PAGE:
Dynamical Water Ingress and Dissolution at the Amorphous-Crystalline Cellulose Interface
YX Wang and A Kiziltas and AR Drews and S Tamrakar and P Blanchard and TR Walsh, BIOMACROMOLECULES, 22, 3884-3891 (2021).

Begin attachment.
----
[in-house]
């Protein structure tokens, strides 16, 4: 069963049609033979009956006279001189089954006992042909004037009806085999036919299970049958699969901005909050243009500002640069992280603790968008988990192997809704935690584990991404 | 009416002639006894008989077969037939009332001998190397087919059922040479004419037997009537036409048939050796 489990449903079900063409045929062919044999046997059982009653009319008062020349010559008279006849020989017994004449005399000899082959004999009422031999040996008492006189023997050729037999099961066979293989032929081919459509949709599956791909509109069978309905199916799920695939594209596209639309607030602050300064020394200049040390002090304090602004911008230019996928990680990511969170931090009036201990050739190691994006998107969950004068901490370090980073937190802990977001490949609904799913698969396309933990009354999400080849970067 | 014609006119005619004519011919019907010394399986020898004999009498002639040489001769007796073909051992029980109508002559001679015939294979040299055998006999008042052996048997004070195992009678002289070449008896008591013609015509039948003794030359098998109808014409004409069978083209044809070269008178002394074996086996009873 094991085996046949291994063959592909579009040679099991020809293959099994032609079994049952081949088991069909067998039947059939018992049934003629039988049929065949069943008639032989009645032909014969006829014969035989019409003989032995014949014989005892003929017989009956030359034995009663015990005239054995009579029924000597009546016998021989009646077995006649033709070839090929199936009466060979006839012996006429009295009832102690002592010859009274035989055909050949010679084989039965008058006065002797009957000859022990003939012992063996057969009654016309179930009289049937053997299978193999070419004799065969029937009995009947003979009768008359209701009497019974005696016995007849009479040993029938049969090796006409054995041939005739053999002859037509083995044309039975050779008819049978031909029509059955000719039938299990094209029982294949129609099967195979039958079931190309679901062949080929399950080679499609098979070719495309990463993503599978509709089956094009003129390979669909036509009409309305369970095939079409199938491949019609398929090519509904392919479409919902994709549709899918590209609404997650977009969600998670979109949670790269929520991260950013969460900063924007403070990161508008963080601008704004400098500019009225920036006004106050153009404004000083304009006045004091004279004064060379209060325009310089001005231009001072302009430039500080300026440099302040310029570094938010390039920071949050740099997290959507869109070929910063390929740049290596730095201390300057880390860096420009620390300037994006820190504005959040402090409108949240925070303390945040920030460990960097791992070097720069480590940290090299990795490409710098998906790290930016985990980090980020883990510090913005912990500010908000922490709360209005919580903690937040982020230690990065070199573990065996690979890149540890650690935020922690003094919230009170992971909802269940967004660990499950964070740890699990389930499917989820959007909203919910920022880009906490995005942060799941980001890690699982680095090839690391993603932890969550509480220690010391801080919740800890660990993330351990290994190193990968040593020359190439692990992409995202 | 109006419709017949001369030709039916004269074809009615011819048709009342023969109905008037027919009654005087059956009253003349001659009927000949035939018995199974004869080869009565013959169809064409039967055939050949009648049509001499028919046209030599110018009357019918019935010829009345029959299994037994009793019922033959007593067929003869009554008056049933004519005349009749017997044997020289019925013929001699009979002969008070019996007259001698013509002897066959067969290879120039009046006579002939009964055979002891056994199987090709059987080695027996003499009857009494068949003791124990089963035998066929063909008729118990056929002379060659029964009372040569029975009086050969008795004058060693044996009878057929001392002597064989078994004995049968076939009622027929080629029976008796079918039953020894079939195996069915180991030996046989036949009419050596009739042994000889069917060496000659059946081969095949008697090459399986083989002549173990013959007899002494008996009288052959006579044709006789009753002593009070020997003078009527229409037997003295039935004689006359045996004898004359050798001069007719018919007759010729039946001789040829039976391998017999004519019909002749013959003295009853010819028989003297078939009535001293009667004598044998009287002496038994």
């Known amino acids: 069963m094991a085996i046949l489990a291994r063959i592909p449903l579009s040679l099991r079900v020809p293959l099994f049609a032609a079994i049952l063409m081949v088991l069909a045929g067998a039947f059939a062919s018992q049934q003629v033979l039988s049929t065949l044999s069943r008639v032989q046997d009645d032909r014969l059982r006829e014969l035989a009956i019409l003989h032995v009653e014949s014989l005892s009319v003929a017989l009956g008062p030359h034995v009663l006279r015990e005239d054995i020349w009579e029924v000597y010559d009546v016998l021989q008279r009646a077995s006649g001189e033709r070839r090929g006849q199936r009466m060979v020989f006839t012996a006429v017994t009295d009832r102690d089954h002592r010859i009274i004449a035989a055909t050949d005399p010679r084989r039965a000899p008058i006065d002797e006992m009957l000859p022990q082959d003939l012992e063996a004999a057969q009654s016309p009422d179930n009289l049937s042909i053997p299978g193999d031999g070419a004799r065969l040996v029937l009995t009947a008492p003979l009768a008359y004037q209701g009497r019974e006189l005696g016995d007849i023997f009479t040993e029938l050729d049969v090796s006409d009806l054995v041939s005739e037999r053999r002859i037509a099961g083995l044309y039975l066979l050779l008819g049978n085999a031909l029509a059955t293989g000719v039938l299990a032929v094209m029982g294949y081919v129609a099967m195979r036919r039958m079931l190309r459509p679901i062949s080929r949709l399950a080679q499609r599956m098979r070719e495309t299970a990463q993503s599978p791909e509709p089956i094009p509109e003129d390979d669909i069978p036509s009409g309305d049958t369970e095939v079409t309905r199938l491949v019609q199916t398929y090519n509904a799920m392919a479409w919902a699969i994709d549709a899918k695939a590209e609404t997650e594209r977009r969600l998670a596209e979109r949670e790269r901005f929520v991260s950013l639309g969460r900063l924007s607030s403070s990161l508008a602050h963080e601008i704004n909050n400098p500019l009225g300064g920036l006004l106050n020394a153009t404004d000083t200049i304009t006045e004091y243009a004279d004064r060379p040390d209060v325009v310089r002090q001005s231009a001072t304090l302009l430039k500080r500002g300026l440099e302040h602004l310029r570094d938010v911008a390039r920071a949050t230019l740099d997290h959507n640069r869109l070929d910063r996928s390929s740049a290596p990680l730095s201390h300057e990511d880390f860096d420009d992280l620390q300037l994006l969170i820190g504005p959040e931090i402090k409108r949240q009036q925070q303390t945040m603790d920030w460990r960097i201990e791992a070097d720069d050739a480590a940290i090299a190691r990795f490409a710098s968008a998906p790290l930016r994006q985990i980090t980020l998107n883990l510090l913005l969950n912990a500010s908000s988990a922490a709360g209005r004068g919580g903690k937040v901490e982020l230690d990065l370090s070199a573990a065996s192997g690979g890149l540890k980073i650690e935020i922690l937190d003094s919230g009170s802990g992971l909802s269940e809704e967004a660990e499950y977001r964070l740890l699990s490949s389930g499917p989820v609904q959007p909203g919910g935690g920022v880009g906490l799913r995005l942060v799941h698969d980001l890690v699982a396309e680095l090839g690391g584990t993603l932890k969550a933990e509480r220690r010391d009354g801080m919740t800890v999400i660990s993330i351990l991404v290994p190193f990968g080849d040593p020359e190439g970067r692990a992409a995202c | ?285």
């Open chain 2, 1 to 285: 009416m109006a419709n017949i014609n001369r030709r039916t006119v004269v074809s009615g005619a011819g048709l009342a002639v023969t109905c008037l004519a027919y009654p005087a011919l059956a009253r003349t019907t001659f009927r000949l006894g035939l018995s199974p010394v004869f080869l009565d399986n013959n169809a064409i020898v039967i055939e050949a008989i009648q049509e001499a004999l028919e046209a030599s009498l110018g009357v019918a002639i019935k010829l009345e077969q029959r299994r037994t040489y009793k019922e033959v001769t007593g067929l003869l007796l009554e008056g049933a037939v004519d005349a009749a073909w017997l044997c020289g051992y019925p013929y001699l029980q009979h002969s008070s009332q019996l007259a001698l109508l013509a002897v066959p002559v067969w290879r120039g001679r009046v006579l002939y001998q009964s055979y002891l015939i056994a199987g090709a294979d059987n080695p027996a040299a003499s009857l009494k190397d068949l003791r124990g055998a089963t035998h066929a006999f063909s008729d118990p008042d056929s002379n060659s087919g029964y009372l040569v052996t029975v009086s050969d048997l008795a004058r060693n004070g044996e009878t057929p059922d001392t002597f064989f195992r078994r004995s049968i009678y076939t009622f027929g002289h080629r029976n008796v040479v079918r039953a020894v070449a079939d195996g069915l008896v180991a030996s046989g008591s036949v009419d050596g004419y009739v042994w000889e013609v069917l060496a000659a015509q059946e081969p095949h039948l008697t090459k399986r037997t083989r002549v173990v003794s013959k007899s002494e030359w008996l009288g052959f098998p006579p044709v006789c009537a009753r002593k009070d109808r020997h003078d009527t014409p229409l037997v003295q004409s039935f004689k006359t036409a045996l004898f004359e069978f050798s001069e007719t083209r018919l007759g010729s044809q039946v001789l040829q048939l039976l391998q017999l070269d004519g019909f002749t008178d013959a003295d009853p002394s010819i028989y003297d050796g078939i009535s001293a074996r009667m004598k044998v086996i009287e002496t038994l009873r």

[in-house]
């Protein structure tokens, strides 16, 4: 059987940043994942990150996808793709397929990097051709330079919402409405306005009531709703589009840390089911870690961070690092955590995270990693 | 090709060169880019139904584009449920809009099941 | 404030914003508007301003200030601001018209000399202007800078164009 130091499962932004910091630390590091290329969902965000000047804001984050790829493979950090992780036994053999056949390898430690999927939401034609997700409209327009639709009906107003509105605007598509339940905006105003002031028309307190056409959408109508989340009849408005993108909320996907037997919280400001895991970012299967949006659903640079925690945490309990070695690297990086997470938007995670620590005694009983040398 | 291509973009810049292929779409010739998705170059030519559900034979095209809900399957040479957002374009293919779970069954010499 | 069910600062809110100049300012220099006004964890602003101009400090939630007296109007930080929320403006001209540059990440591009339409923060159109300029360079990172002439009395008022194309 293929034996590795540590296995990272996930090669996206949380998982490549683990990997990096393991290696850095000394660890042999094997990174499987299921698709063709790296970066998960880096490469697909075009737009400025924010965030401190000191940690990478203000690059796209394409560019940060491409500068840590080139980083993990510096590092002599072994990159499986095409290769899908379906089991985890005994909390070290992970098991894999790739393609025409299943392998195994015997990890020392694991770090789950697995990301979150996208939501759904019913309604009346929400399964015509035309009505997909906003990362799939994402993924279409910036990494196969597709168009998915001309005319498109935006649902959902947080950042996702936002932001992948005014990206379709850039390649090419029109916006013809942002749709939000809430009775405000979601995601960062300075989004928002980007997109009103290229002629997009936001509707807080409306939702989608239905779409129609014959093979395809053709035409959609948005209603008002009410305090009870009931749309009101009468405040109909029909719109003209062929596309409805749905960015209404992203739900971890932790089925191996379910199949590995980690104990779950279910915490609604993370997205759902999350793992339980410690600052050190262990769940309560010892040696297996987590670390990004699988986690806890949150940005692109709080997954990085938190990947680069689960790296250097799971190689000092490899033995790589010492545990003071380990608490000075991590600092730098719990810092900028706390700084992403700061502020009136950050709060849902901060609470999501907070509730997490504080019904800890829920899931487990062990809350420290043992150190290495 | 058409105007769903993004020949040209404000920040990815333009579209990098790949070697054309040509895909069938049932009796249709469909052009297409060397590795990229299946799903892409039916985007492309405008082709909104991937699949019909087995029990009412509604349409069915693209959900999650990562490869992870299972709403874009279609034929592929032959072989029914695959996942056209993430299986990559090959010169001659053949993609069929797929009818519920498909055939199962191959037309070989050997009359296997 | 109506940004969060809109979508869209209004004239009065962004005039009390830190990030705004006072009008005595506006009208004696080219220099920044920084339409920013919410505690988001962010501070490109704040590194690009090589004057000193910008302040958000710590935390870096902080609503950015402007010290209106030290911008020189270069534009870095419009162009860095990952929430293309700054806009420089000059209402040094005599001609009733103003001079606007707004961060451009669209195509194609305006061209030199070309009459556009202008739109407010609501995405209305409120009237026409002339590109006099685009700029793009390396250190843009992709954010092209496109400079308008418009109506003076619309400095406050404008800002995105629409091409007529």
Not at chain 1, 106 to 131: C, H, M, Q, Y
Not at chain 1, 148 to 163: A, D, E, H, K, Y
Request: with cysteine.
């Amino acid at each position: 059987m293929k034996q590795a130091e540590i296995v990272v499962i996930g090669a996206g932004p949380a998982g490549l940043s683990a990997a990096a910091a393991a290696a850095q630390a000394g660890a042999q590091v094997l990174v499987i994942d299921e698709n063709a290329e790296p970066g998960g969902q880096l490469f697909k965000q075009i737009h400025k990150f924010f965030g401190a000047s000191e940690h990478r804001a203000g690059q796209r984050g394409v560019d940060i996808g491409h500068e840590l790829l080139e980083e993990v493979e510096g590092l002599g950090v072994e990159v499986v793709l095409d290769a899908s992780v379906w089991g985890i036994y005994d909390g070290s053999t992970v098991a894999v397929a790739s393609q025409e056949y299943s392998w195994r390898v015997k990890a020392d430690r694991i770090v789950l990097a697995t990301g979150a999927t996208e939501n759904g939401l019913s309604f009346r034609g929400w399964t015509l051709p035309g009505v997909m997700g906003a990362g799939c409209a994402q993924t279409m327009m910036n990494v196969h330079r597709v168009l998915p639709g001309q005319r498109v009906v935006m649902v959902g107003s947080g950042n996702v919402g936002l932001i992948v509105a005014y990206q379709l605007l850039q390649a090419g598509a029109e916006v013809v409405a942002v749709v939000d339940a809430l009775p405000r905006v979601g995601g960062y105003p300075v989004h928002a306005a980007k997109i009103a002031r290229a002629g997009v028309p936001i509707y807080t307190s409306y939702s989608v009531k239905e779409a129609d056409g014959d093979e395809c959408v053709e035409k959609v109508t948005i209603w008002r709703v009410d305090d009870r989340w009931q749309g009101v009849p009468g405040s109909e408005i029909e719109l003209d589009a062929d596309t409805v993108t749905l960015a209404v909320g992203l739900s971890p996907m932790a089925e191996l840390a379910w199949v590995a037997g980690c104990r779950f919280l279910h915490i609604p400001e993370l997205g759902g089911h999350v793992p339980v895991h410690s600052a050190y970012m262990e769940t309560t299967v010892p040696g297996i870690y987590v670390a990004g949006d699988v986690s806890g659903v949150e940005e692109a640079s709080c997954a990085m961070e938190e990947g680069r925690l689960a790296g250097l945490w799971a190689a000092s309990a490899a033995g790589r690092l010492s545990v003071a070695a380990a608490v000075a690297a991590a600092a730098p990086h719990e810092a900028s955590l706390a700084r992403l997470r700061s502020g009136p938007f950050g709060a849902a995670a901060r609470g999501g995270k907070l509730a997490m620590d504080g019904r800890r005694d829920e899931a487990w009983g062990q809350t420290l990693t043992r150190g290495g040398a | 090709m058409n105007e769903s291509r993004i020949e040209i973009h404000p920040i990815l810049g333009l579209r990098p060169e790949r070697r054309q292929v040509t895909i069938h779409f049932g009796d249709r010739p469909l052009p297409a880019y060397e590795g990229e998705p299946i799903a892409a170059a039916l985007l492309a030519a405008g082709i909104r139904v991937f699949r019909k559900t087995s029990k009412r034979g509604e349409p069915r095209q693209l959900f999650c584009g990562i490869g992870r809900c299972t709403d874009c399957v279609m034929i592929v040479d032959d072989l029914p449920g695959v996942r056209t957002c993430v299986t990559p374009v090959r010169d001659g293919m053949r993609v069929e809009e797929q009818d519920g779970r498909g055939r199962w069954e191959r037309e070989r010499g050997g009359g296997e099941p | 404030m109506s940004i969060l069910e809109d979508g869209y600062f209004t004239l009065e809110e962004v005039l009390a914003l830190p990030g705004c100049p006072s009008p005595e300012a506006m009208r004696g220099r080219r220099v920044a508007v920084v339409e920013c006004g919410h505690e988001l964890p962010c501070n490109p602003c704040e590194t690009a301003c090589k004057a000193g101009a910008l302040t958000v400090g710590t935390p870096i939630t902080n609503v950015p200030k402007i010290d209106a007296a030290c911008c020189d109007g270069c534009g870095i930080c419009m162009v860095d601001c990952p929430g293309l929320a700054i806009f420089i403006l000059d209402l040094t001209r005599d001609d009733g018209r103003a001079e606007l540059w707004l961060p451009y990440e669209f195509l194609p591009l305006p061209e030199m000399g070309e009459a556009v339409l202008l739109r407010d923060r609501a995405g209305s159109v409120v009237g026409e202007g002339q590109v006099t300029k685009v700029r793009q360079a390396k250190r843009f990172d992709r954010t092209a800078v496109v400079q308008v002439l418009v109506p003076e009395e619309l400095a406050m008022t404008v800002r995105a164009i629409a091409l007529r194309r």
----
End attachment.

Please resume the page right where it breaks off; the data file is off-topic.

The use of cellulose has considerable promise in a wide range of industrial applications but is hampered by degradation in mechanical properties due to ambient moisture uptake. Existing models of equilibrium moisture content can predict the impact of these effects, but at present, the dynamical, atomic-scale picture of water ingress into cellulose is lacking. The present work reports nonequilibrium molecular simulations of the interface between cellulose and water aimed at capturing the initial stages of two simultaneous dynamical processes, water ingress into cellulose and cellulose dissolution into water. These simulations demonstrate that the process depends on the temperature and chain length in the amorphous region, where high temperatures can induce more mass exchange and short chains can easily detach from amorphous cellulose. A cooperative mechanism that involves both chemical and physical aspects, namely, hydrogen bonding and chain intertwining, respectively, is proposed to interpret the incipient dual ingress/dissolution process. Outcomes of this work will provide a foundation for cellulose functionalization strategies to impede moisture uptake and preserve the mechanical properties of nanocellulose in applications.
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